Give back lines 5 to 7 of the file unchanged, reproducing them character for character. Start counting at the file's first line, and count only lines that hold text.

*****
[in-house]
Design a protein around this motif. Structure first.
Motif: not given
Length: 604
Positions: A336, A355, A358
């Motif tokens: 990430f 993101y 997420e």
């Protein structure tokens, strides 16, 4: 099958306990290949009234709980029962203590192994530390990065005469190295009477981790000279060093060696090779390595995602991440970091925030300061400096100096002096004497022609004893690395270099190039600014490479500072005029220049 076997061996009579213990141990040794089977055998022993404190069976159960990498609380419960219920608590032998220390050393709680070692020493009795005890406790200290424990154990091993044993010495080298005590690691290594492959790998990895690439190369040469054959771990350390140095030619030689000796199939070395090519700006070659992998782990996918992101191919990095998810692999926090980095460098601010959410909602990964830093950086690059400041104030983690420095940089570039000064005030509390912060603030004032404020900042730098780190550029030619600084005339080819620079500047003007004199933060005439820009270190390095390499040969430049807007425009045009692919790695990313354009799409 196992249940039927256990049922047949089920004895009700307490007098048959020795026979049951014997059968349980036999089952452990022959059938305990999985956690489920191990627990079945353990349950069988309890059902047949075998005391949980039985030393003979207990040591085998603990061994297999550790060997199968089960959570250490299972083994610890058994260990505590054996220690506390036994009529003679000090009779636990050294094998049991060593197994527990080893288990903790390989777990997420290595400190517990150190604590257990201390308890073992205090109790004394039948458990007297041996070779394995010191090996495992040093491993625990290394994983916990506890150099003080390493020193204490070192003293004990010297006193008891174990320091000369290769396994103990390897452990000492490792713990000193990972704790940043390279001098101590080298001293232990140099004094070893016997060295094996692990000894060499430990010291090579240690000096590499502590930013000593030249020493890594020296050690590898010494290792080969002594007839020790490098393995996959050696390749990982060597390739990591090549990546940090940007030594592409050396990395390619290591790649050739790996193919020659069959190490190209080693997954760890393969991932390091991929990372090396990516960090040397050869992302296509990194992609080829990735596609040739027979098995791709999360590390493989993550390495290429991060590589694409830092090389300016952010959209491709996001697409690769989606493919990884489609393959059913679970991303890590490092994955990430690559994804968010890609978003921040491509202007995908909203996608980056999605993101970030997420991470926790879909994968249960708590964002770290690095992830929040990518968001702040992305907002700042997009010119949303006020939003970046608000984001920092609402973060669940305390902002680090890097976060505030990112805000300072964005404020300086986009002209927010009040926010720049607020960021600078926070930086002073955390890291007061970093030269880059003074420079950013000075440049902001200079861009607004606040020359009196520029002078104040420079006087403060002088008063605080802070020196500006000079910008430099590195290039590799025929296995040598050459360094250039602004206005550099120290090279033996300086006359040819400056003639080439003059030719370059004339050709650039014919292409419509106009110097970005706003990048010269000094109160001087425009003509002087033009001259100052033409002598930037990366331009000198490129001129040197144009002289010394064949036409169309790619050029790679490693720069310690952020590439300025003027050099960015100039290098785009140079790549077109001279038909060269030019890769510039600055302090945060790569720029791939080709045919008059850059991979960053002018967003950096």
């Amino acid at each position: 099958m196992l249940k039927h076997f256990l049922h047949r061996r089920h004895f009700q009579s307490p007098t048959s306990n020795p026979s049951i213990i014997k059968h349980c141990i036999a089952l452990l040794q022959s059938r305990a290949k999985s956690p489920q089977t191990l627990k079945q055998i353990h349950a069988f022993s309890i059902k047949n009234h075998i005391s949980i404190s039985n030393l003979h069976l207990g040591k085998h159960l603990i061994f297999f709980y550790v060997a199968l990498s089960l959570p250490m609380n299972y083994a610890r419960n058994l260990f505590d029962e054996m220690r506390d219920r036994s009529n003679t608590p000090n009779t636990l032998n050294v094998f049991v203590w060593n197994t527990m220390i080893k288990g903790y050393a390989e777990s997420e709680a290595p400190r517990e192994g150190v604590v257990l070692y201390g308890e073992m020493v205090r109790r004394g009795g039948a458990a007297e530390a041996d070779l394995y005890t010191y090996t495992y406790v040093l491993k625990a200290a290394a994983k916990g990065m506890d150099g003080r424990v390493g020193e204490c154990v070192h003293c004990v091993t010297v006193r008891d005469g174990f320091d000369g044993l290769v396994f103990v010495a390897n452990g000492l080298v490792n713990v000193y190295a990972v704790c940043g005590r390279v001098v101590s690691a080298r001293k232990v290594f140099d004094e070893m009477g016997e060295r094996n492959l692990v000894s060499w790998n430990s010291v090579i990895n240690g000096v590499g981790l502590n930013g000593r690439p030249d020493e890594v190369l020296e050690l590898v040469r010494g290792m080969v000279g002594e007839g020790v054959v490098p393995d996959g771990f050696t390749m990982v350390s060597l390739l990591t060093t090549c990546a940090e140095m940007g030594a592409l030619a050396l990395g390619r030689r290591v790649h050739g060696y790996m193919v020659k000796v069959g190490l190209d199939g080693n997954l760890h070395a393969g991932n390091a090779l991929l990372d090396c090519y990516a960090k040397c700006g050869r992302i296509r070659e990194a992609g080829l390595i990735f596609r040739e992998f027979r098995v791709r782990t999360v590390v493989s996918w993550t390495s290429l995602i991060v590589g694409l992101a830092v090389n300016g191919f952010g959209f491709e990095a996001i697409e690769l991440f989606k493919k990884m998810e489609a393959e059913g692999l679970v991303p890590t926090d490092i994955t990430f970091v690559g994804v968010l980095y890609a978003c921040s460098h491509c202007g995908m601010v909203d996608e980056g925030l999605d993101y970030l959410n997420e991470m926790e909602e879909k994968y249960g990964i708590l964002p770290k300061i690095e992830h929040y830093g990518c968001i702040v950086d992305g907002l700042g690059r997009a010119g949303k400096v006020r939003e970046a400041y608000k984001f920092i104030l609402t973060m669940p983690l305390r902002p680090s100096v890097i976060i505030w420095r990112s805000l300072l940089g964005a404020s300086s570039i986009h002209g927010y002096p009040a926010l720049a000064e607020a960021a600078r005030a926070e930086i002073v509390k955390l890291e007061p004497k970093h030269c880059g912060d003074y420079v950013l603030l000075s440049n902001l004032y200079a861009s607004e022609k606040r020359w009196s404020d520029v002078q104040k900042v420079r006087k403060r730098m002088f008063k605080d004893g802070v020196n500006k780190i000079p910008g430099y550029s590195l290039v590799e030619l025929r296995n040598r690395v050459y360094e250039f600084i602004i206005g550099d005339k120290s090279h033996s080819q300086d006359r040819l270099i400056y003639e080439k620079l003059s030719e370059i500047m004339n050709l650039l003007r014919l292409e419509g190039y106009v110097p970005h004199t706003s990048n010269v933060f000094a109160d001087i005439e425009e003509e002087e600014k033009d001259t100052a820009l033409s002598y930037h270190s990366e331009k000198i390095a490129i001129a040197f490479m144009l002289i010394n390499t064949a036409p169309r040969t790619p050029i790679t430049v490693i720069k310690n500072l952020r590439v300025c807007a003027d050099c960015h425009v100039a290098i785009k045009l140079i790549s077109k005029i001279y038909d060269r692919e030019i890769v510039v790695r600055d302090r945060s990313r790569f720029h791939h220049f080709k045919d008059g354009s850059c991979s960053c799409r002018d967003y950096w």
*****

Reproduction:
Positions: A336, A355, A358
């Motif tokens: 990430f 993101y 997420e």
């Protein structure tokens, strides 16, 4: 099958306990290949009234709980029962203590192994530390990065005469190295009477981790000279060093060696090779390595995602991440970091925030300061400096100096002096004497022609004893690395270099190039600014490479500072005029220049 076997061996009579213990141990040794089977055998022993404190069976159960990498609380419960219920608590032998220390050393709680070692020493009795005890406790200290424990154990091993044993010495080298005590690691290594492959790998990895690439190369040469054959771990350390140095030619030689000796199939070395090519700006070659992998782990996918992101191919990095998810692999926090980095460098601010959410909602990964830093950086690059400041104030983690420095940089570039000064005030509390912060603030004032404020900042730098780190550029030619600084005339080819620079500047003007004199933060005439820009270190390095390499040969430049807007425009045009692919790695990313354009799409 196992249940039927256990049922047949089920004895009700307490007098048959020795026979049951014997059968349980036999089952452990022959059938305990999985956690489920191990627990079945353990349950069988309890059902047949075998005391949980039985030393003979207990040591085998603990061994297999550790060997199968089960959570250490299972083994610890058994260990505590054996220690506390036994009529003679000090009779636990050294094998049991060593197994527990080893288990903790390989777990997420290595400190517990150190604590257990201390308890073992205090109790004394039948458990007297041996070779394995010191090996495992040093491993625990290394994983916990506890150099003080390493020193204490070192003293004990010297006193008891174990320091000369290769396994103990390897452990000492490792713990000193990972704790940043390279001098101590080298001293232990140099004094070893016997060295094996692990000894060499430990010291090579240690000096590499502590930013000593030249020493890594020296050690590898010494290792080969002594007839020790490098393995996959050696390749990982060597390739990591090549990546940090940007030594592409050396990395390619290591790649050739790996193919020659069959190490190209080693997954760890393969991932390091991929990372090396990516960090040397050869992302296509990194992609080829990735596609040739027979098995791709999360590390493989993550390495290429991060590589694409830092090389300016952010959209491709996001697409690769989606493919990884489609393959059913679970991303890590490092994955990430690559994804968010890609978003921040491509202007995908909203996608980056999605993101970030997420991470926790879909994968249960708590964002770290690095992830929040990518968001702040992305907002700042997009010119949303006020939003970046608000984001920092609402973060669940305390902002680090890097976060505030990112805000300072964005404020300086986009002209927010009040926010720049607020960021600078926070930086002073955390890291007061970093030269880059003074420079950013000075440049902001200079861009607004606040020359009196520029002078104040420079006087403060002088008063605080802070020196500006000079910008430099590195290039590799025929296995040598050459360094250039602004206005550099120290090279033996300086006359040819400056003639080439003059030719370059004339050709650039014919292409419509106009110097970005706003990048010269000094109160001087425009003509002087033009001259100052033409002598930037990366331009000198490129001129040197144009002289010394064949036409169309790619050029790679490693720069310690952020590439300025003027050099960015100039290098785009140079790549077109001279038909060269030019890769510039600055302090945060790569720029791939080709045919008059850059991979960053002018967003950096």